THE TRIAL COURT ERRED IN ITS RELIANCE ON THE FEARS AND PREFERENCES OF DANIEL JANSEN'S CO-WORKERS AS A FACTOR IN DECIDING THAT DEFENDANT ACTED REASONABLY IN TERMINATING DANIEL JANSEN'S EMPLOYMENT.
THE TRIAL COURT ERRED IN CONCLUDING THAT THE ISSUE OF THE DEFENDANT'S OBLIGATIONS TO HAVE MADE REASONABLE ACCOMMODATIONS TO MAINTAIN THE CONTINUED EMPLOYMENT OF DANIEL JANSEN WAS NOT ONE OF THE LEGAL ISSUES PRESENTED FOR THE COURT'S CONSIDERATION.
THE APPROPRIATE REMEDY IN THE INSTANT MATTER IS AN ORDER OF REINSTATEMENT RETROACTIVE TO JULY 23, 1982 WHICH WOULD FURTHER PROVIDE FOR THE PAYMENT OF ALL COMPENSATORY DAMAGES, INCLUDING BACK PAY RETROACTIVE TO JULY 23, 1982, DAMAGES FOR PAIN, SUFFERING AND HUMILIATION, AND COUNSEL FEES AND COSTS PURSUANT TO N.J.S.A. 10:5-27-1.
After having thoroughly examined the evidence in light of the applicable law, we affirm the decision of the trial judge but disagree with some of his legal conclusions. We agree with the trial judge that Jansen was not discharged by Food Circus merely because he has epilepsy. He was employed by Food Circus for eight years, notwithstanding its awareness that he had epilepsy. His employment was terminated specifically upon the medical opinions of two independent physicians that Jansen would probably have further seizures and that working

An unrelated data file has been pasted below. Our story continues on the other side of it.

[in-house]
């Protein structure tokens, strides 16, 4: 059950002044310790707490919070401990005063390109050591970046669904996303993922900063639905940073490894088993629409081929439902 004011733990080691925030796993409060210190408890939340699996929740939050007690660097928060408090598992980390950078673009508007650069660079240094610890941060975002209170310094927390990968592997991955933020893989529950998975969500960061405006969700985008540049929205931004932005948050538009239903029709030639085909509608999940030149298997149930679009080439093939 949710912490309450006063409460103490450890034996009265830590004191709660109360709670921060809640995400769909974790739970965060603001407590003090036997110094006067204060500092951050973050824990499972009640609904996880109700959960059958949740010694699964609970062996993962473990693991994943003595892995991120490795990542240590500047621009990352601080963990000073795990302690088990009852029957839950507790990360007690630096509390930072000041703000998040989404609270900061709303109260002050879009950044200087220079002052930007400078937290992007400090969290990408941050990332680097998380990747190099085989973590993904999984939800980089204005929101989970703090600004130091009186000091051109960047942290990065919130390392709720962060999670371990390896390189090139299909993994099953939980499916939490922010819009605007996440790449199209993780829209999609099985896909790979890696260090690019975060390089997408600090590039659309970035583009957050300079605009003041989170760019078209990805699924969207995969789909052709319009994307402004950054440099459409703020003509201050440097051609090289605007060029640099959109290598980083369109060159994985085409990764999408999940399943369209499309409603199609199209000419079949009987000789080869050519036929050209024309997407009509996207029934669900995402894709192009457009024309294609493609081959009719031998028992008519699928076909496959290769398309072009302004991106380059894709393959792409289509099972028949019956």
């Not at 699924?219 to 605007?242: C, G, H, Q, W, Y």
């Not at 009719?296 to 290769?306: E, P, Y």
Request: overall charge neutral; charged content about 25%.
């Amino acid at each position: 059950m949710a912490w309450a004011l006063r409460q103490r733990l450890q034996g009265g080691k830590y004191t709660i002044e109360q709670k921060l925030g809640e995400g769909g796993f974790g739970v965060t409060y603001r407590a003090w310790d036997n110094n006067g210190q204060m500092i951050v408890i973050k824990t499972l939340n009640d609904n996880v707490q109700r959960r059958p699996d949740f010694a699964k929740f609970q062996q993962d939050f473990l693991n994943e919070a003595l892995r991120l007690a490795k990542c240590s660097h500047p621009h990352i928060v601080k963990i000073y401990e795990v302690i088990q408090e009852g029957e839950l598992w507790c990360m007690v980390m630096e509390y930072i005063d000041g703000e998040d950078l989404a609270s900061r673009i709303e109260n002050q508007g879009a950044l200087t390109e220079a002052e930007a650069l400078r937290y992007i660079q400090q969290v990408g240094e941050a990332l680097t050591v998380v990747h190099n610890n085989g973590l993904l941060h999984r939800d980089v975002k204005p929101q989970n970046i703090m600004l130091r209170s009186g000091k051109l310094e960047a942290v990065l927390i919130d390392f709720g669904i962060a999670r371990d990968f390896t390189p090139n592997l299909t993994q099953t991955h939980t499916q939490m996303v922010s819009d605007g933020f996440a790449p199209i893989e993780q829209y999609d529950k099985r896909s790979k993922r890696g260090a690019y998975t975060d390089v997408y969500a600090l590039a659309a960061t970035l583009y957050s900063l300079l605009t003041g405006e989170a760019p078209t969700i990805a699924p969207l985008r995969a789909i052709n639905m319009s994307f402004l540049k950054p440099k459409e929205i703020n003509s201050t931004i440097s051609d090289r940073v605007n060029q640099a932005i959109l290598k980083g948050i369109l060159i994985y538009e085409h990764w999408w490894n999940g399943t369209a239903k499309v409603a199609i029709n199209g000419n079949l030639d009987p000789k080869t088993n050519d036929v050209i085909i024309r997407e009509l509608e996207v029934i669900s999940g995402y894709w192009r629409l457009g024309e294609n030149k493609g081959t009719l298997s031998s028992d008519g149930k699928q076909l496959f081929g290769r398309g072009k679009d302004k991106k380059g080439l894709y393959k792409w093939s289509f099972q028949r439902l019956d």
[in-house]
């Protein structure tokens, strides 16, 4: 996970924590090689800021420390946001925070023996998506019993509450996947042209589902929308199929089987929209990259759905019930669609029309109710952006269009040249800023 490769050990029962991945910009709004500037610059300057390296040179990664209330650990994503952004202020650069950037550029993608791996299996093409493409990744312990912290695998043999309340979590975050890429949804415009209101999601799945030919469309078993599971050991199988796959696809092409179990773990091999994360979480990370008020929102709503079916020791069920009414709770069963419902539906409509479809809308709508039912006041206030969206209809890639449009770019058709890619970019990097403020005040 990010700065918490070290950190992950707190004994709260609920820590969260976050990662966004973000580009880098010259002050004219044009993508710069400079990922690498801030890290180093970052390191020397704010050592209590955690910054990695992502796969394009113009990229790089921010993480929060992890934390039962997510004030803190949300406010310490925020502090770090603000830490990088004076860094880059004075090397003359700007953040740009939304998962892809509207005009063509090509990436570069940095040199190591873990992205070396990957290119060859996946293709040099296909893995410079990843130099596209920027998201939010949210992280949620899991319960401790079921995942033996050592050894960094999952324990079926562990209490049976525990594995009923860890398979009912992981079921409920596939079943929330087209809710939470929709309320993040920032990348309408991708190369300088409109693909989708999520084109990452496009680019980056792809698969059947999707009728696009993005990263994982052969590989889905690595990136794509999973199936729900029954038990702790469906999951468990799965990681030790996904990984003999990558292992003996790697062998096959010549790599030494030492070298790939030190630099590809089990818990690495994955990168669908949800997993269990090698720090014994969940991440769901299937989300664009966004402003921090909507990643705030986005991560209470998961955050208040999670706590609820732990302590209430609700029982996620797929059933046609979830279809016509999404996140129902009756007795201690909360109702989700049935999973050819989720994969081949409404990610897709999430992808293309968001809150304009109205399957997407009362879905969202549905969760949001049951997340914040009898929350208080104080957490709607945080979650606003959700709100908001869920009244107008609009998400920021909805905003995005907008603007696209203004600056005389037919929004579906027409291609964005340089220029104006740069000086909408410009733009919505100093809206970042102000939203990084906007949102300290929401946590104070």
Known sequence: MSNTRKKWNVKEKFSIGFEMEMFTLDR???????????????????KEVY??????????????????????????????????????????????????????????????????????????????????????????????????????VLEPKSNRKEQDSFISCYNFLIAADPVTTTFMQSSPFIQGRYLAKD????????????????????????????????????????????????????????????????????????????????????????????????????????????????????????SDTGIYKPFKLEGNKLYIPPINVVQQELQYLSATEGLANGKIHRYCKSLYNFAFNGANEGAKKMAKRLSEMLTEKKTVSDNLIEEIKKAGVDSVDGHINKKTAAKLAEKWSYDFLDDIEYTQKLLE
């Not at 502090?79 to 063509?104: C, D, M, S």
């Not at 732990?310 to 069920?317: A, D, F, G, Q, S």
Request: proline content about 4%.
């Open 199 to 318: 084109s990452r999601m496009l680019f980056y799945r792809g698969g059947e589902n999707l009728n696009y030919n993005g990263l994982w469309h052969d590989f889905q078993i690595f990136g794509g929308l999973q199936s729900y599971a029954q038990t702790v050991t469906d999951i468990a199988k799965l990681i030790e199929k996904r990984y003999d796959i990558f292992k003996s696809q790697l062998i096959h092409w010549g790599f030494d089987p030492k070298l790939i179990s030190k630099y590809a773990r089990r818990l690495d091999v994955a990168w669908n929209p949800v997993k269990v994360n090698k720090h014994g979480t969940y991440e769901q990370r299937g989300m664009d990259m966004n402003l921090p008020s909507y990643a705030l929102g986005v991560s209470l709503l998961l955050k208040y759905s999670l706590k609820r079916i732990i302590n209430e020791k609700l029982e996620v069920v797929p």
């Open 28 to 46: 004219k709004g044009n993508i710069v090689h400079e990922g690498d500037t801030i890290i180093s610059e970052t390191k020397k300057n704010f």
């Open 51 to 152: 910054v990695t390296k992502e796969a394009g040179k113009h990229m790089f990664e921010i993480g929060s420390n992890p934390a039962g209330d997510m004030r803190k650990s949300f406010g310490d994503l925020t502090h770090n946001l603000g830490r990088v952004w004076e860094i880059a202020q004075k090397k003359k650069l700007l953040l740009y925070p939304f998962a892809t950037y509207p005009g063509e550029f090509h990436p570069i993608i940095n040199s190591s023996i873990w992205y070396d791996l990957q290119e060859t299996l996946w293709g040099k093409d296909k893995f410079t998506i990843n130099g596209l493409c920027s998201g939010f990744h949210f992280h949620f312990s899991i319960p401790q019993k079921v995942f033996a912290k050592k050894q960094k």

[214 NJSuper Page 57]
with knives, saws and other such implements would be dangerous to Jansen and to others.